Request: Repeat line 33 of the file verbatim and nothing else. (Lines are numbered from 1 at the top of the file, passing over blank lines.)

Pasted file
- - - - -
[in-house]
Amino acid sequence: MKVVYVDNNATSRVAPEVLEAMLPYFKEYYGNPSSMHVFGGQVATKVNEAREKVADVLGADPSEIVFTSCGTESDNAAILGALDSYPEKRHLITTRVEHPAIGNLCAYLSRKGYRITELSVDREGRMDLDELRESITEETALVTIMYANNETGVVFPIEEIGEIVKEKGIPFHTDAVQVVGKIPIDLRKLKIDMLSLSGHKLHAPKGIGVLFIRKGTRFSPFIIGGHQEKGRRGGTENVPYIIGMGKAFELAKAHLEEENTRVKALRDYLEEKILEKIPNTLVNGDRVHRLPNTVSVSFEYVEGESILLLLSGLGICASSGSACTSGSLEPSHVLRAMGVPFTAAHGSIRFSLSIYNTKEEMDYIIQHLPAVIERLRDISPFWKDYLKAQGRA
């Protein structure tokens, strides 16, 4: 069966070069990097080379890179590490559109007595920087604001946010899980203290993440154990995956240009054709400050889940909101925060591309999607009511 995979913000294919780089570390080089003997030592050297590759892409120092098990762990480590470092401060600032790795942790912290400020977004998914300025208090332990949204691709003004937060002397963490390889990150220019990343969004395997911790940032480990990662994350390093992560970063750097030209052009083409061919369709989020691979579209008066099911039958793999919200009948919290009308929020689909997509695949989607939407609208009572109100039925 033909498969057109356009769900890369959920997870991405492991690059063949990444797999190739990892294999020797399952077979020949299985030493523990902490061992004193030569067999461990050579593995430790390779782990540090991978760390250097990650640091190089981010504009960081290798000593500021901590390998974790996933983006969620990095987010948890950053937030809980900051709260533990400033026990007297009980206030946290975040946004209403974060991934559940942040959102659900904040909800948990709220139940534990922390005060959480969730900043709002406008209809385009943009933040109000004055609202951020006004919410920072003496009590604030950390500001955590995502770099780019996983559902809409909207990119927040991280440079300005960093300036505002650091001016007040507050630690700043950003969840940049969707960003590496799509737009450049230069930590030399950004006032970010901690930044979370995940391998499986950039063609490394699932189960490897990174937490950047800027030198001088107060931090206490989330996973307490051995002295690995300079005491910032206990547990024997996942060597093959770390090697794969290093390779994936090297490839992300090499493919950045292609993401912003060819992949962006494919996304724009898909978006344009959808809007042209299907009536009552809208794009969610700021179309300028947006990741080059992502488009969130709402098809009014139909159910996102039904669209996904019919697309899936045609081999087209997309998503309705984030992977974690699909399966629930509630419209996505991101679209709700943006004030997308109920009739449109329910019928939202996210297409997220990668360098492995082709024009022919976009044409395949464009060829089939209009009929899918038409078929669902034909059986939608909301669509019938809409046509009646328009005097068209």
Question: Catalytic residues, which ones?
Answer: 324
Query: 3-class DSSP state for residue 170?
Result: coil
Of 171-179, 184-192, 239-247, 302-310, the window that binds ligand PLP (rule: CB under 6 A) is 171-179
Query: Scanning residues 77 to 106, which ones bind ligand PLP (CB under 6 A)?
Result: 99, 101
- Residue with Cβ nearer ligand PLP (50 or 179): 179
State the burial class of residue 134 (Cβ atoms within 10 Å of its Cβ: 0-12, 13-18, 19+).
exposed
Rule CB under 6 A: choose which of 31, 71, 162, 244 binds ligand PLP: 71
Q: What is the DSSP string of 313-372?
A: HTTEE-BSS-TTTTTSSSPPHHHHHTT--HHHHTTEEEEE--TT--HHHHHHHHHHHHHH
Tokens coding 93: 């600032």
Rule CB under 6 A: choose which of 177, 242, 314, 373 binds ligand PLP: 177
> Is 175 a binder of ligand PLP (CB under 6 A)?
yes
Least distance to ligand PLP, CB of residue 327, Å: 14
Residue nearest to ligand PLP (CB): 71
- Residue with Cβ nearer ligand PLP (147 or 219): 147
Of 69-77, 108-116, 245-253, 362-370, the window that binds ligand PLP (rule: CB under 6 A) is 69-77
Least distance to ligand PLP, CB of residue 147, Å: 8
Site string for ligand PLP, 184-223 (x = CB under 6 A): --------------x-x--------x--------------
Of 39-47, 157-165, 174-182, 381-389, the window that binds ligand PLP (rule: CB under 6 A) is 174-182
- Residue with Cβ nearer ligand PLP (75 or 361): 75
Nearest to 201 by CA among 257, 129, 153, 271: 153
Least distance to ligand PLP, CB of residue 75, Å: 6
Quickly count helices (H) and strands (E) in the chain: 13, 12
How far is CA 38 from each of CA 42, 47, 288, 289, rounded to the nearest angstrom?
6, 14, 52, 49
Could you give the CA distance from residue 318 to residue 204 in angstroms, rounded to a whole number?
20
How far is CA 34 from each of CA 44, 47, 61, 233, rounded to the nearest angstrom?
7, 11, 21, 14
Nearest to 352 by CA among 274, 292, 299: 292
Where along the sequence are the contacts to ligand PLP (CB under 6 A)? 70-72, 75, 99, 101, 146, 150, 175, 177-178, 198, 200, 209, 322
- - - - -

6, 14, 52, 49